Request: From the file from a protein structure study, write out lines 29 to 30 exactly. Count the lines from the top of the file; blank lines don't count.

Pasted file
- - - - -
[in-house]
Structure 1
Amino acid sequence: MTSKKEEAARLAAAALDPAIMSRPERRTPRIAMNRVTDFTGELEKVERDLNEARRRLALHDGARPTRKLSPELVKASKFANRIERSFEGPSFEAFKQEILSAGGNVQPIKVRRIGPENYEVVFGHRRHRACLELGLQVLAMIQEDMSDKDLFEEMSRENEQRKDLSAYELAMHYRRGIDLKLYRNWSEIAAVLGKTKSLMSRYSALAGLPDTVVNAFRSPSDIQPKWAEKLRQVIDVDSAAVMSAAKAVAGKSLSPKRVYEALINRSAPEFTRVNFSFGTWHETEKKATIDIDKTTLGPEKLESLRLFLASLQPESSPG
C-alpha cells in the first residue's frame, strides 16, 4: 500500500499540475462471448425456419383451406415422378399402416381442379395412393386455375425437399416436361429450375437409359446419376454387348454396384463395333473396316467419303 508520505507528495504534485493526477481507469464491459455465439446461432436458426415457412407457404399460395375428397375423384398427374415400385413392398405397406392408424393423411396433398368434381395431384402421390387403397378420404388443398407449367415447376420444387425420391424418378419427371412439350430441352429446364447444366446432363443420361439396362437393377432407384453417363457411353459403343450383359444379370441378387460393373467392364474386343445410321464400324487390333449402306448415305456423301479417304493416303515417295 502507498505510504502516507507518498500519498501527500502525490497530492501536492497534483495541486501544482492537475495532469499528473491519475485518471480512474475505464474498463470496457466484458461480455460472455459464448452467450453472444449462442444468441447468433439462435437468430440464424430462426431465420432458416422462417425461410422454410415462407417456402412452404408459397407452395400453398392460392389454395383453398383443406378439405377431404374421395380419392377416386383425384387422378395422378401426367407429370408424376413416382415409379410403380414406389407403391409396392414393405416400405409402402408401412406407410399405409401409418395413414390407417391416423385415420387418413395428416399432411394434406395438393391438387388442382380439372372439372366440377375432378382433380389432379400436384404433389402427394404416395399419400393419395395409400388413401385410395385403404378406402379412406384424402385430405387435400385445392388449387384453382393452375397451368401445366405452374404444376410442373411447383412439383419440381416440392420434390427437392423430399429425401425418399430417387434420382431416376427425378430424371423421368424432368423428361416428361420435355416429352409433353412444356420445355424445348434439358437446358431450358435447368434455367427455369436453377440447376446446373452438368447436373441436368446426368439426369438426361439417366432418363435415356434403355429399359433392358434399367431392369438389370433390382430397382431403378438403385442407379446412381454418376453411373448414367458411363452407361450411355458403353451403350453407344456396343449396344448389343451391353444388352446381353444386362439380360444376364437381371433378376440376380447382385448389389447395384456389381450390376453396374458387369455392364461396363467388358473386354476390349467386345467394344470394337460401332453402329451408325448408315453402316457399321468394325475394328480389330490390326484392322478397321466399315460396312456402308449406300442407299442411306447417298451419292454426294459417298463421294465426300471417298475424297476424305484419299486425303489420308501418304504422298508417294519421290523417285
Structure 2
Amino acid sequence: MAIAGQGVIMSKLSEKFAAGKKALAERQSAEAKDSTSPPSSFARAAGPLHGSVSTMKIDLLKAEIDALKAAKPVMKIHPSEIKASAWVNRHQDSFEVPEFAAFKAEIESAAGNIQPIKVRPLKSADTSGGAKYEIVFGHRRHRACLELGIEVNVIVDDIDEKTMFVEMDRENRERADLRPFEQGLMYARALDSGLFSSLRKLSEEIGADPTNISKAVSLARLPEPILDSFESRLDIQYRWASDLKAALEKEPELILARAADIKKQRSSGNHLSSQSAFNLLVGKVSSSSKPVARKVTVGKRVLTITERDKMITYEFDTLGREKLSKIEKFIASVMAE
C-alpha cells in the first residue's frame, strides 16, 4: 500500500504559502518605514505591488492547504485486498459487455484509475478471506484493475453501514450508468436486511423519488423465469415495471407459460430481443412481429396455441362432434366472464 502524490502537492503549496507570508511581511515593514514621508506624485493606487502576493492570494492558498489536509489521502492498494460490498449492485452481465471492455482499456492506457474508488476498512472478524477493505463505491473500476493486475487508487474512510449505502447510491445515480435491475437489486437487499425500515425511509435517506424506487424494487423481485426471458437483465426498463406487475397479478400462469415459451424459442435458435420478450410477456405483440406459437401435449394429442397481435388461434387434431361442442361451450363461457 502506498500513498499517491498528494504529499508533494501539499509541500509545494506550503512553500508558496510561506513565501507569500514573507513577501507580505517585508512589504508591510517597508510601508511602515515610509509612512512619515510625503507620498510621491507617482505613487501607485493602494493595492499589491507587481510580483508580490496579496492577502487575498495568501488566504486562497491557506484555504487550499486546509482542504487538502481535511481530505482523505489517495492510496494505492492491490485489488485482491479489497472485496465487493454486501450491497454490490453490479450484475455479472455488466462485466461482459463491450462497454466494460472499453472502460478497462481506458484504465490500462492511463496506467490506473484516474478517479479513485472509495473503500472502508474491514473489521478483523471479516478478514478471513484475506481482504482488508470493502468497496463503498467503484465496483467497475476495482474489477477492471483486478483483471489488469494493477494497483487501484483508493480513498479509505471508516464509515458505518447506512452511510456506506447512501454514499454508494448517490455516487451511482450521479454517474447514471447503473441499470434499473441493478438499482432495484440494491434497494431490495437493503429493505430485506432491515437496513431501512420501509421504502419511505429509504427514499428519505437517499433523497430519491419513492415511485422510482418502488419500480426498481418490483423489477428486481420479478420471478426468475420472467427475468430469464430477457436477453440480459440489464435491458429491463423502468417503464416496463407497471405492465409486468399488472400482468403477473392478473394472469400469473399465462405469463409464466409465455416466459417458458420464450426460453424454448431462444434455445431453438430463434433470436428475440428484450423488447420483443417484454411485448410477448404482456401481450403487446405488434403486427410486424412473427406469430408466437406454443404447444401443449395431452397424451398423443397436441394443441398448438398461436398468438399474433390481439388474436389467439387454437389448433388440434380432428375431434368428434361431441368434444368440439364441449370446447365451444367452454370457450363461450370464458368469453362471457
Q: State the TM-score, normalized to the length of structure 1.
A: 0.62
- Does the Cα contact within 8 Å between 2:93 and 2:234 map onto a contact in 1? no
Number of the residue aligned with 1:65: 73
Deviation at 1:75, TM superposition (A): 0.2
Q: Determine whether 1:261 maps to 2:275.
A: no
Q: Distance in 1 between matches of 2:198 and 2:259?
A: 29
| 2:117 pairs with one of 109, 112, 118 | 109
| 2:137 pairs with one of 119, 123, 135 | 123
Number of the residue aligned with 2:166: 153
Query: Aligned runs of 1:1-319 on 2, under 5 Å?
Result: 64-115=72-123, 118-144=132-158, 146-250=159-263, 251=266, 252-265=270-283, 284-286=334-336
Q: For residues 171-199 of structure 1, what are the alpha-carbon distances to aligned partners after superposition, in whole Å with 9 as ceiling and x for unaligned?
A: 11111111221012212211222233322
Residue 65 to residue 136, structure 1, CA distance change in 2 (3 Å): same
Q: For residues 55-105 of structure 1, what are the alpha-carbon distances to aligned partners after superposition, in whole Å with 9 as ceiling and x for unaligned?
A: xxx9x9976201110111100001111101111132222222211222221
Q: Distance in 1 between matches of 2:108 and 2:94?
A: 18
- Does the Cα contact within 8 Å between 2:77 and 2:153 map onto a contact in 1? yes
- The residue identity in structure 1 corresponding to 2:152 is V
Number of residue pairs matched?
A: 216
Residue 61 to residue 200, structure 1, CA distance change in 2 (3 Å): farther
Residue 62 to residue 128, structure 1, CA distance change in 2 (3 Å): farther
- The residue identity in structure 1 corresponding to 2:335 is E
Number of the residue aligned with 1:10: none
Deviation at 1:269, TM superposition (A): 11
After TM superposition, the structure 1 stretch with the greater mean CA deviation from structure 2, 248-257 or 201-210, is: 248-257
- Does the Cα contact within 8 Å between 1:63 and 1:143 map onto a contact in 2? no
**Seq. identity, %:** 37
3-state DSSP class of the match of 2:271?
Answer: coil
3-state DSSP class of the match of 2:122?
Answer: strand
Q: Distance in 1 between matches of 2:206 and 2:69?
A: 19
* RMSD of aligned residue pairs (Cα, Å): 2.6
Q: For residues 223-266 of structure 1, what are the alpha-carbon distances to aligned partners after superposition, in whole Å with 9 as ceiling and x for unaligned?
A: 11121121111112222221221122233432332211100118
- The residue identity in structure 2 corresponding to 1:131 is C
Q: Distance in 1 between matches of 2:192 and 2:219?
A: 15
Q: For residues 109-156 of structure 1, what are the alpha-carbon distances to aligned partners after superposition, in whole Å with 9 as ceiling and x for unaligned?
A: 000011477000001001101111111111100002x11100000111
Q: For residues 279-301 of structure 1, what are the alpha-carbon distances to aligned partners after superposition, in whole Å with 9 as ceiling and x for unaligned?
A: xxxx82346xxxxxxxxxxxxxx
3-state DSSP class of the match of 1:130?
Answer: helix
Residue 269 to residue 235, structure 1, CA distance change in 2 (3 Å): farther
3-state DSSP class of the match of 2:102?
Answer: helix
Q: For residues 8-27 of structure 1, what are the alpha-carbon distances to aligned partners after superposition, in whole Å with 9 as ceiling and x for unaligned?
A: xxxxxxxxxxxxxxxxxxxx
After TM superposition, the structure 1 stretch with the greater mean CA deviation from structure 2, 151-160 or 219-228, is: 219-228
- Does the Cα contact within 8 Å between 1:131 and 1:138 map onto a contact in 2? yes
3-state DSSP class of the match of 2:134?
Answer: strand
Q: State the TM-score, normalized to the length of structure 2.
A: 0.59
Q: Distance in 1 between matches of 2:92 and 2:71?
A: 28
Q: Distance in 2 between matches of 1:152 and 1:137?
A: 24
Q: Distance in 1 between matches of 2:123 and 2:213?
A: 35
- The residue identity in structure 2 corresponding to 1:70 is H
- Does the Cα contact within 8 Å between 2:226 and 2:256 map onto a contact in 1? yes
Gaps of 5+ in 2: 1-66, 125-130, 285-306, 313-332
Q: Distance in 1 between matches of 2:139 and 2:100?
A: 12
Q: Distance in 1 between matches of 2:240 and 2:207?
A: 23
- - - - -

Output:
- Does the Cα contact within 8 Å between 2:77 and 2:153 map onto a contact in 1? yes
- The residue identity in structure 1 corresponding to 2:152 is V